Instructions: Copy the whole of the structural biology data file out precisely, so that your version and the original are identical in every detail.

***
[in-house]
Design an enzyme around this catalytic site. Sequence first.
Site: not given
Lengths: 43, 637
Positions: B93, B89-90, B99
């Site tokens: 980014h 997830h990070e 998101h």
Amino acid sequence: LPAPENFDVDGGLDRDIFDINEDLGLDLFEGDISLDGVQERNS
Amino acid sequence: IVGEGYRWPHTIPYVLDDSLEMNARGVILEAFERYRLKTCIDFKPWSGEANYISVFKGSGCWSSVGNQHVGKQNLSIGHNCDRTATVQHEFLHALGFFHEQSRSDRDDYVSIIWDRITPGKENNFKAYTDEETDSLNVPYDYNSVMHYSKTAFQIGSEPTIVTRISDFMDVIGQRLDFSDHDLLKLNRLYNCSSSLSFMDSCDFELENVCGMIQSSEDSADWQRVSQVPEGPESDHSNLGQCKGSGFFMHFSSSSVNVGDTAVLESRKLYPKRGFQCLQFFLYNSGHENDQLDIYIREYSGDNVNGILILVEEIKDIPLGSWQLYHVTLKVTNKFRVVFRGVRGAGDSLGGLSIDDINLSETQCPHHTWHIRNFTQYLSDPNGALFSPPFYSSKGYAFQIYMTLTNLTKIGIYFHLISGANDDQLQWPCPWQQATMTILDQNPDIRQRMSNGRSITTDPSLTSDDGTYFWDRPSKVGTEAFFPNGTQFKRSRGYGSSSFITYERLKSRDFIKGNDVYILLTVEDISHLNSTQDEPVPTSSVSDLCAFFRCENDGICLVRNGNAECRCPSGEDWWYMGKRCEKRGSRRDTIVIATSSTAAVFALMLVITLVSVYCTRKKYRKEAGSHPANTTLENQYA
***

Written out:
[in-house]
Design an enzyme around this catalytic site. Sequence first.
Site: not given
Lengths: 43, 637
Positions: B93, B89-90, B99
């Site tokens: 980014h 997830h990070e 998101h």
Amino acid sequence: LPAPENFDVDGGLDRDIFDINEDLGLDLFEGDISLDGVQERNS
Amino acid sequence: IVGEGYRWPHTIPYVLDDSLEMNARGVILEAFERYRLKTCIDFKPWSGEANYISVFKGSGCWSSVGNQHVGKQNLSIGHNCDRTATVQHEFLHALGFFHEQSRSDRDDYVSIIWDRITPGKENNFKAYTDEETDSLNVPYDYNSVMHYSKTAFQIGSEPTIVTRISDFMDVIGQRLDFSDHDLLKLNRLYNCSSSLSFMDSCDFELENVCGMIQSSEDSADWQRVSQVPEGPESDHSNLGQCKGSGFFMHFSSSSVNVGDTAVLESRKLYPKRGFQCLQFFLYNSGHENDQLDIYIREYSGDNVNGILILVEEIKDIPLGSWQLYHVTLKVTNKFRVVFRGVRGAGDSLGGLSIDDINLSETQCPHHTWHIRNFTQYLSDPNGALFSPPFYSSKGYAFQIYMTLTNLTKIGIYFHLISGANDDQLQWPCPWQQATMTILDQNPDIRQRMSNGRSITTDPSLTSDDGTYFWDRPSKVGTEAFFPNGTQFKRSRGYGSSSFITYERLKSRDFIKGNDVYILLTVEDISHLNSTQDEPVPTSSVSDLCAFFRCENDGICLVRNGNAECRCPSGEDWWYMGKRCEKRGSRRDTIVIATSSTAAVFALMLVITLVSVYCTRKKYRKEAGSHPANTTLENQYA